Shifting Timeframes in Deep Learning Algo Trading Model Production Processes

When creating Deep Learning Algo Trading systems based on history price data of a certain time period you can choose between several approaches to establish a model creation process:

  1. Splitting the complete history in exactly three sets (training, validation, test) and creating one model which you will use for your trading (Spoiler: Bad idea)
  2. Iterating over different timeframe sizes for the three datasets (training, validation, test) and this way only using a certain percentage of the available history to create exactly one model (as in 1.)
  3. Based on a fixed size of the three dataset timeframes (for training, validation, test) you create a shifting series of models and rate the series result instead of rating the result of a single model
  4. Based on a fixed size for the test dataset frame you create a series of models with variable training and validation dataset timeframe sizes. As size for the current training and test dataset timeframe size you select the training / validation timeframe combination with the highest validation-test result correlation in the previous period. The test dataset timeframe size defines the rhythm of model deployments.

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Arbitrage bot between Metatrader and a FIX API broker

Now, that we know how to connect Metatrader to our node.js application and after we learned some basics of how to build a LMAX FIX API client the logical next step is to merge those two modules and build an arbitrage trading system. It’s nearly as simple as it sounds.

Long story short: I have done it. It does not work. The slippage of the Metatrader side will destroy every detected opportunity. Even with a LD4 Crossconnect to LMAX and with nearly every possible combination of MT4 Brokers and their different datacenters (which from my point of view are proxies that suggest a low latency).

Write me an email if you have further questions or would like to discuss this post.

Kind regards

Artur Brylka

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Building a node.js implementation of a Forex FIX Protocol Client for LMAX – Part 1

For those who do not know what the FIX Protocol is: “The Financial Information eXchange (FIX) protocol is an electronic communications protocol initiated in 1992 for international real-time exchange of information related to the securities transactions and markets.” (Wikipedia).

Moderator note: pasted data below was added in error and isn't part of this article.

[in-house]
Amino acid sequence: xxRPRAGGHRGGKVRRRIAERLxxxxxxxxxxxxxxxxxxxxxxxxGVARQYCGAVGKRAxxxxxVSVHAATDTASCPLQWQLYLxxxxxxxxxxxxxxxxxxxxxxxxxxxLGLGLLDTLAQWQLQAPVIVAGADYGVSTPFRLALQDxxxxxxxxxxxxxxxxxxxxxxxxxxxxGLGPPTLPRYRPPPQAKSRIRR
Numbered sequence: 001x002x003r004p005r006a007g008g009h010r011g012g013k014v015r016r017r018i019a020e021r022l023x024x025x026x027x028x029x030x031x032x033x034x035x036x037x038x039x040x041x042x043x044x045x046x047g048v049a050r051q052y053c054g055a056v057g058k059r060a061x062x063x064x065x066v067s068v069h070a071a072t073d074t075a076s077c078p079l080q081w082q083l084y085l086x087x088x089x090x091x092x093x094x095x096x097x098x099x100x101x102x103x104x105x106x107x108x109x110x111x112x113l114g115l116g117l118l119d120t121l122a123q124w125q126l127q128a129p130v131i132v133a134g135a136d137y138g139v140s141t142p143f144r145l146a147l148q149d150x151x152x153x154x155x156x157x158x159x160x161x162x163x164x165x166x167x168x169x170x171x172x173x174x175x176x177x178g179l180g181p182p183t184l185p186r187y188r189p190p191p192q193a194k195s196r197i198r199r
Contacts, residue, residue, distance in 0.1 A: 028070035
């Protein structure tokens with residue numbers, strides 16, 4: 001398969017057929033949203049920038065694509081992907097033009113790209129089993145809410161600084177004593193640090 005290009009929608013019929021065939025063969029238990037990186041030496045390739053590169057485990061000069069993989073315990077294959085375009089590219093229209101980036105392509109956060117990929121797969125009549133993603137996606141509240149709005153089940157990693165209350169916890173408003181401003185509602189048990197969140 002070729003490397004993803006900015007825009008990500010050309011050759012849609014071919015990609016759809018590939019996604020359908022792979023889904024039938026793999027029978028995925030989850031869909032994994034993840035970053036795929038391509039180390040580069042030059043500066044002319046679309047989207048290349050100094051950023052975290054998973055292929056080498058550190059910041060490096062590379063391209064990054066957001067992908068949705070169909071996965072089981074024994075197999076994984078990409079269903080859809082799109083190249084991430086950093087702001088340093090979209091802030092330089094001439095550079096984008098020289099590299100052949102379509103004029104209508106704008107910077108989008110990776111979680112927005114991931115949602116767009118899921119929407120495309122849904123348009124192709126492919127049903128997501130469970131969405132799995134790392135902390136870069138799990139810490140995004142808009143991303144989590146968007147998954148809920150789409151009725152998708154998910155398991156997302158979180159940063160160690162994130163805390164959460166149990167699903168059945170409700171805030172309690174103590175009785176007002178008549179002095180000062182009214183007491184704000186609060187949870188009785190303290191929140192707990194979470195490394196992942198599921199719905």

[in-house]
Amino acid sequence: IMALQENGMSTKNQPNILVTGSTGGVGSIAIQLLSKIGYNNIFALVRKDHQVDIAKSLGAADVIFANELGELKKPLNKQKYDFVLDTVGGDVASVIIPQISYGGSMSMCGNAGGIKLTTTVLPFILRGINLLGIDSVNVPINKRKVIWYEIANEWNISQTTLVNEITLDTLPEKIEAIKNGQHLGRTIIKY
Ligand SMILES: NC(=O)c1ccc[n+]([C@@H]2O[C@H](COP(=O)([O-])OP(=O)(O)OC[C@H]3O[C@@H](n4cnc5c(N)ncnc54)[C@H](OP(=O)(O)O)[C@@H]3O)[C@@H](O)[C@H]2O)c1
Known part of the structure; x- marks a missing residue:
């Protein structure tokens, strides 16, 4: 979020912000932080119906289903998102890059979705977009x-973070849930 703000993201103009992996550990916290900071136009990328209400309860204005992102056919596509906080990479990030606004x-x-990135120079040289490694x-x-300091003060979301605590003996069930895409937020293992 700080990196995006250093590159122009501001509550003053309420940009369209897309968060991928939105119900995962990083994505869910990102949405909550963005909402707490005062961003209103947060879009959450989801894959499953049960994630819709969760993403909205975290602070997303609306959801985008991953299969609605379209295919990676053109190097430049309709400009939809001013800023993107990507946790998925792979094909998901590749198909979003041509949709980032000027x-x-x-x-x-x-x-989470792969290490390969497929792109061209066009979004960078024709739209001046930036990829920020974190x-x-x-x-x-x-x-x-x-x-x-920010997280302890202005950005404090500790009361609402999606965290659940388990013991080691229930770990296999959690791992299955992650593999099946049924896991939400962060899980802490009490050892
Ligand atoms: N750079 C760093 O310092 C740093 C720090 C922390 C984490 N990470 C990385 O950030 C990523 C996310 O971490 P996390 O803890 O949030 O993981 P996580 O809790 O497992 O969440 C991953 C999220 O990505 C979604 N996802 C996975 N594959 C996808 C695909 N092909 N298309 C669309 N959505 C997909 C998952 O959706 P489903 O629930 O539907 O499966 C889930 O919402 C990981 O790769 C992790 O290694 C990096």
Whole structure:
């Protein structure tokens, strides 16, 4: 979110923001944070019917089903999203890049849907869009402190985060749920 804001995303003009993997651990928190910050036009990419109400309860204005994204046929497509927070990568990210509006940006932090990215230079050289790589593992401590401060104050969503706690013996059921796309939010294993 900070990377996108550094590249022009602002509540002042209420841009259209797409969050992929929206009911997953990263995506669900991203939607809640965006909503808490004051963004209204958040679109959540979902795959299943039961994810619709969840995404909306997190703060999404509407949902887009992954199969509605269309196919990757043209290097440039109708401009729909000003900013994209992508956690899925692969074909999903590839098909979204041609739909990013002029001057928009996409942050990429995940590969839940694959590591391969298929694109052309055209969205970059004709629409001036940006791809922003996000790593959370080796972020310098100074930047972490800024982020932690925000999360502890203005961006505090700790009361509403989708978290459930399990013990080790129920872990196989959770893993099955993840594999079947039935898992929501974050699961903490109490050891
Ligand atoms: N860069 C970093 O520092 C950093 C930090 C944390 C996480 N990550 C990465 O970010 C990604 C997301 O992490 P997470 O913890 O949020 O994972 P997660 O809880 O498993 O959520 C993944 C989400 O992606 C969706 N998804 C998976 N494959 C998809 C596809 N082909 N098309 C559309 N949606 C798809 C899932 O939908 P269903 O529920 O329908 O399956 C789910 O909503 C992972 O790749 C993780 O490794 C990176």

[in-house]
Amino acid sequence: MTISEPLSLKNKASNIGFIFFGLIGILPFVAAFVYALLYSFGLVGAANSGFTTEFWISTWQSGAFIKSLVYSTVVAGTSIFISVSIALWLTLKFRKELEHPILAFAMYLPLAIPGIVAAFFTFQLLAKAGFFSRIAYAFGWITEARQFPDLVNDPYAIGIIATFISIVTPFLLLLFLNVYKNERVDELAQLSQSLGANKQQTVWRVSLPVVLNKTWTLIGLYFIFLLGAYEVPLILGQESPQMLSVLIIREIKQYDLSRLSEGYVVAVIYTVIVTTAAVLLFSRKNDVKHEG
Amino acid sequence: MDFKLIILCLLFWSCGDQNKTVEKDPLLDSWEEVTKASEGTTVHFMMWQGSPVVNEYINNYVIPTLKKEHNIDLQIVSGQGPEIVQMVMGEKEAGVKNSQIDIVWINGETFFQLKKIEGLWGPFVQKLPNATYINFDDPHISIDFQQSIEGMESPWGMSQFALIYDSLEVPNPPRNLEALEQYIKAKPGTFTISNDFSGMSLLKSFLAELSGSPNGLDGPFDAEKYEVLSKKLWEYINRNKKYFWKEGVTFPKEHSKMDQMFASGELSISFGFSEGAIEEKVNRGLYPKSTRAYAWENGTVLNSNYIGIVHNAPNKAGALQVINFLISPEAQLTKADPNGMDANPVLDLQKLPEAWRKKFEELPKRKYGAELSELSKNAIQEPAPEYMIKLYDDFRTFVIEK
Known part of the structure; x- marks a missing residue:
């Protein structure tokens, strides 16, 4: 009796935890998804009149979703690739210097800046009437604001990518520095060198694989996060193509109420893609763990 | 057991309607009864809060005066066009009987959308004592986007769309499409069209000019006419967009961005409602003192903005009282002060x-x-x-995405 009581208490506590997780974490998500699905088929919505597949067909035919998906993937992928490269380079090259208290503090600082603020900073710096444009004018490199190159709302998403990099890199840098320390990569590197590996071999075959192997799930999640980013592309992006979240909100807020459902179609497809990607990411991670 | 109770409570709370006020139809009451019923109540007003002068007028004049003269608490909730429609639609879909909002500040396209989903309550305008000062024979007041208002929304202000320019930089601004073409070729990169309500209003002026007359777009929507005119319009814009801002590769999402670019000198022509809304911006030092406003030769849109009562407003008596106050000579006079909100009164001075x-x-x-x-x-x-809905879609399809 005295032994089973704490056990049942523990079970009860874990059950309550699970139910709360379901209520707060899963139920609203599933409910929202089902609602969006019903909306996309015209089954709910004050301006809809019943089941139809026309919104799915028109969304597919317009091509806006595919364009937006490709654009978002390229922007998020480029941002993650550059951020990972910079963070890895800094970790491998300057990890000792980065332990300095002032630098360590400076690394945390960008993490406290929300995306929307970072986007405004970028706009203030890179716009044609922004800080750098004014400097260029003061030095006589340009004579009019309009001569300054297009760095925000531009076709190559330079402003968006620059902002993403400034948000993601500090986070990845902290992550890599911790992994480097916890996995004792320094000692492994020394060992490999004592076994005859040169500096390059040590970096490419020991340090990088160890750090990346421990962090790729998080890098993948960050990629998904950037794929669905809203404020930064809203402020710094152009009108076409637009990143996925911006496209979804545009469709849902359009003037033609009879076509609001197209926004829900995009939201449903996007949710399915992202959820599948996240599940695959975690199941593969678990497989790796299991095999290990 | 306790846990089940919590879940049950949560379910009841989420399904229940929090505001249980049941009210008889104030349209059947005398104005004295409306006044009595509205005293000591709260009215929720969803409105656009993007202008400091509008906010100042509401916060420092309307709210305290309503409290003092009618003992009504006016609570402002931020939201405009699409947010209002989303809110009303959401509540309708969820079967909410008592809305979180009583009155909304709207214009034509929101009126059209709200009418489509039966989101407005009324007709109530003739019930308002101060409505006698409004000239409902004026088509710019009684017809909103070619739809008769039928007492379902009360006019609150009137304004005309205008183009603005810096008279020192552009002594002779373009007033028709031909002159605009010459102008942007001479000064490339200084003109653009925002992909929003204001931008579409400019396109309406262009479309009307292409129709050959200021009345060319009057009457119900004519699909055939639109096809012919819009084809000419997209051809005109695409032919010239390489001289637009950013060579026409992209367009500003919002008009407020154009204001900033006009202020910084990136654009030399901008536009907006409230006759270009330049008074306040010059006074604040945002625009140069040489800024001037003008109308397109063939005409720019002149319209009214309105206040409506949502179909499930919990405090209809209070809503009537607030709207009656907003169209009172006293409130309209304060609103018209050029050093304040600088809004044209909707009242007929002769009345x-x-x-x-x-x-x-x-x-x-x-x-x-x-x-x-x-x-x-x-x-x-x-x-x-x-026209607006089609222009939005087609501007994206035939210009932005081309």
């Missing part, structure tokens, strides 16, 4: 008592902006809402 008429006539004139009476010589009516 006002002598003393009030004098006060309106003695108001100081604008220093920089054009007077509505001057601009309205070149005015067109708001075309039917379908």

Brokers, banks and many other players in the financial market use the fix protocol for financial communication. In the forex world – from the perspective of avergage guys like us – the FIX protocol is the pro version of Metatrader.

Advantages: Much smaller spreads, no technical limitation concerning the implementation, reliable connection latency (as the requests are not redirected), no “Last Look” (LMAX)

The combination of an extremley low latency (if you use a server with an interconnect to LMAX) and the missing “Last Look” for your opponent lead to a very low slippage.

Disadvantages: Usually the initial deposit is higher. (LMAX “Professional”: 10.000$/€)

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Connect node.js to your MT4 Expert Advisor for a two-way realtime communication

You may think about the smartest, fastest and most reliable way to connect your node.js application with your Metatrader 4 instance. As I already went through the whole process of testing, approving and productive usage I will tell you the best way to connect MT4 to your node.js application.

As time is money I will start with the result without wasting your and my time telling you about the ways that did not work.

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Liveconnect call for Applet ID 1 is not allowed in this JVM instance

Depending on how far you already went to update your applets  to JRE 7, Build 25+ you will discover problems accessing your applet’s methods via JavaScript, depending on your Java Security Settings:

If a signed applet can be accessed via JavaScript if you set Java’s Security Level to “Medium”, but not if you set it to “High”, but receive an error like:

Liveconnect call for Applet ID 1 is not allowed in this JVM instance+

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